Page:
NEWS & EVENTS
Wireless microcontrollers release precise amounts of antibiotics, painkillers, growth factors or other medications. The bandage, which remains several years from market, could improve treatment of chronic skin wounds related to diabetes. Read more at Nebraska Today.
Medical scientists have developed a novel imaging agent that could be used to identify most bacterial infections. Read more at AuntMinnie.com
A highly elastic and adhesive surgical glue that quickly seals wounds without the need for common staples or sutures could transform how surgeries are performed. Watch the video here.
A research team has now developed a DNA nanotechnology-based method that allows for repeated, non-destructive recording of uniquely barcoded molecular pairings, rendering a detailed view of their components and geometries. In the future, the approach could help researchers understand how changes in molecular complexes control biological processes in living cells. Read more from the Wyss Institute News.
A new magnetic resonance imaging contrast agent being tested by researchers not only pinpoints breast cancers at early stages but differentiates between aggressive and slow-growing types. Read more at The Case Western Reserve University Daily.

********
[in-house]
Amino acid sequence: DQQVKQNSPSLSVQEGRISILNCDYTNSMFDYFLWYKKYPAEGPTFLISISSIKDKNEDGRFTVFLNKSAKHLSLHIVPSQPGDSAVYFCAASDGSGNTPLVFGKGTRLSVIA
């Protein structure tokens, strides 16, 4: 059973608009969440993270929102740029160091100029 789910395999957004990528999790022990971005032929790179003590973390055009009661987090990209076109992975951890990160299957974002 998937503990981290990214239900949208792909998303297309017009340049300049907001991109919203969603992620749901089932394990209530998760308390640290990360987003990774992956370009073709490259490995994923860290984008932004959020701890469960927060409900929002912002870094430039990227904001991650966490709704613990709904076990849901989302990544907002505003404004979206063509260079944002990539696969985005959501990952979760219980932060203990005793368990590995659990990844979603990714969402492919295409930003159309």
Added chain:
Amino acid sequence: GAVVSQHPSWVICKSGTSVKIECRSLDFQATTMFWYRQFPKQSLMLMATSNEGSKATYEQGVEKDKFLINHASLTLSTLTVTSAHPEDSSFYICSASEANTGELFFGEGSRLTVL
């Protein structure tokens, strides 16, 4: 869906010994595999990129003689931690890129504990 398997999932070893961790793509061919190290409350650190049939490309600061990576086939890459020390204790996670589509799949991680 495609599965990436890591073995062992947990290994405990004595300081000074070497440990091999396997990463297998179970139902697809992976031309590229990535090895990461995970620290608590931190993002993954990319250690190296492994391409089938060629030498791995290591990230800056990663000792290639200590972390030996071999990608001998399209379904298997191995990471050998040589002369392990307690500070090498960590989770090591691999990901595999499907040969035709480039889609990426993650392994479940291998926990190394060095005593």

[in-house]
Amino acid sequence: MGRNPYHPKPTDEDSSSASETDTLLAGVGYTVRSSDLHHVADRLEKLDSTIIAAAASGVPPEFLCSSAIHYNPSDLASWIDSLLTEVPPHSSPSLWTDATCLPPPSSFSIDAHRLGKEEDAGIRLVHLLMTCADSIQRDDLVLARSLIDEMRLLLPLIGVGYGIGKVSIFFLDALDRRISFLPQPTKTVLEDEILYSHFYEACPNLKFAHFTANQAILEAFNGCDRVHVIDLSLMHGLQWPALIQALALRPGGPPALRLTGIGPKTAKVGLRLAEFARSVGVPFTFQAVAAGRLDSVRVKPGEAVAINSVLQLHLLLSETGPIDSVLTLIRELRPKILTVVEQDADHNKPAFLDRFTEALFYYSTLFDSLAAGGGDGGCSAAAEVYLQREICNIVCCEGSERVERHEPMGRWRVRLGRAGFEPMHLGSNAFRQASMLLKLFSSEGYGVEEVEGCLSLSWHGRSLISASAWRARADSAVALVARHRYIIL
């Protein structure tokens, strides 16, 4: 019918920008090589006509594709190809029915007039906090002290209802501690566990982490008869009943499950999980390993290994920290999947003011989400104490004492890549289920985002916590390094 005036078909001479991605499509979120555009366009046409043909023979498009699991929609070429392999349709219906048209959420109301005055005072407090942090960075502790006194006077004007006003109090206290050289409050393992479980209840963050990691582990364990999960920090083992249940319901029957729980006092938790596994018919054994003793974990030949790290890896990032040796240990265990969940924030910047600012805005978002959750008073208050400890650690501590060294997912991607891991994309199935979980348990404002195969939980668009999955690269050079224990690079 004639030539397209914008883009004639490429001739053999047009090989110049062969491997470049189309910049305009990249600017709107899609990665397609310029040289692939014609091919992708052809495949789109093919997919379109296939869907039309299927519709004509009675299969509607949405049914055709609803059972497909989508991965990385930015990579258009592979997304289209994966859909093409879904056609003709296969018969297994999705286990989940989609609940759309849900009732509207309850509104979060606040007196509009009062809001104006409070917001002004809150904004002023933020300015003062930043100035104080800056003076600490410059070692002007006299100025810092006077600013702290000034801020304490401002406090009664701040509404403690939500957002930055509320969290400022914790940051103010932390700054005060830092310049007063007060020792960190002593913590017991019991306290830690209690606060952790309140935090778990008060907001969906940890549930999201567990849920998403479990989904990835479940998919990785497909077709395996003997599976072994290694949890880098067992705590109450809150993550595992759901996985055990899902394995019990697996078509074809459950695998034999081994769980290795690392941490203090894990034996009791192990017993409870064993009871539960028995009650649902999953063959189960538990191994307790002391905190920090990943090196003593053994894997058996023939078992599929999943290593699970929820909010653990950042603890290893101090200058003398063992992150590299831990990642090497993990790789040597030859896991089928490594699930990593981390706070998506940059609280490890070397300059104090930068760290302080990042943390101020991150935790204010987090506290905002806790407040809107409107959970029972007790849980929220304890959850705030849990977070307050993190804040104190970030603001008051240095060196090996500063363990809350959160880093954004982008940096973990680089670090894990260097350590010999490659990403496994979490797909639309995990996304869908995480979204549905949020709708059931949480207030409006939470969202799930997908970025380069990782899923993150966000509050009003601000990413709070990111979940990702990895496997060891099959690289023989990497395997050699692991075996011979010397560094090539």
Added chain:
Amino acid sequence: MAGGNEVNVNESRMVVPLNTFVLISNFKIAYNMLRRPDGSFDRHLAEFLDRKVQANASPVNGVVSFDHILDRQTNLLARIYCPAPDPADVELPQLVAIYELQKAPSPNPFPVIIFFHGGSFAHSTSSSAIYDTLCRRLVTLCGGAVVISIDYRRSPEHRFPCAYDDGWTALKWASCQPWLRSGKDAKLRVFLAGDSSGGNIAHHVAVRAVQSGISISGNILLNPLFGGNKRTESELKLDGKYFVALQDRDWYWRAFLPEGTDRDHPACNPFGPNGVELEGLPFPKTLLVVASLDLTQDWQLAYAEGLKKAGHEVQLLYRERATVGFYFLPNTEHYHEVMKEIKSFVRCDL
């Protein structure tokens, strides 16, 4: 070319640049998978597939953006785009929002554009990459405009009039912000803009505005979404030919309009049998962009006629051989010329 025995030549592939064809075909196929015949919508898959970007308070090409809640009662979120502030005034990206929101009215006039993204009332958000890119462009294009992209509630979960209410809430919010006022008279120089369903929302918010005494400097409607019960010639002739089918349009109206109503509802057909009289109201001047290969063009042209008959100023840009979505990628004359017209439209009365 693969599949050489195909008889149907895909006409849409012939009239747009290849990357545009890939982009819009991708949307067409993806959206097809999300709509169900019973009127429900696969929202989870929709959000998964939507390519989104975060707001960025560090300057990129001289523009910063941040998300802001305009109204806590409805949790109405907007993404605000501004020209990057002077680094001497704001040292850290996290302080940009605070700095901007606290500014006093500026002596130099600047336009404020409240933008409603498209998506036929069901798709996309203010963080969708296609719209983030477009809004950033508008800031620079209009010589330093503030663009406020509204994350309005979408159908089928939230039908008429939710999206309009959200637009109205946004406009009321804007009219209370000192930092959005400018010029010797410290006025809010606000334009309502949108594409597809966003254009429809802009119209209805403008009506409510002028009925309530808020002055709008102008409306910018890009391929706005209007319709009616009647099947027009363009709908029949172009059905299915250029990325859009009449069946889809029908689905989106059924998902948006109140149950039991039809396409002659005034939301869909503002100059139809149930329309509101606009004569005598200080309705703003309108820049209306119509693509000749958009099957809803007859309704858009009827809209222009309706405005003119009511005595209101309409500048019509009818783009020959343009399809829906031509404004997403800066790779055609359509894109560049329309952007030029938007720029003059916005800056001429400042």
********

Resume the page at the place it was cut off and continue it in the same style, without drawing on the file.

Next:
A new 3-D fabrication method has been developed that can create a new type of drug-carrying particle that could allow several doses of a drug or vaccine to be delivered over an extended time period with just one injection. Read more at MIT News.
For kids and adults with food allergies, a restaurant outing can be a fraught experience. Even when care is taken, freshly prepared or packaged meals can accidentally become cross-contaminated with an offending food and trigger a reaction. Now researchers report the development of a new portable allergen-detection system -- including a keychain analyzer -- that could help prevent trips to the emergency room. Read more at Phys Org.
A new approach to evaluating the risk of preterm birth has been proposed by analyzing the properties of cervical mucus. The researchers found that cervical mucus from women who delivered their babies early, before 37 weeks, was very different from that of women who delivered later. Read more at MIT News.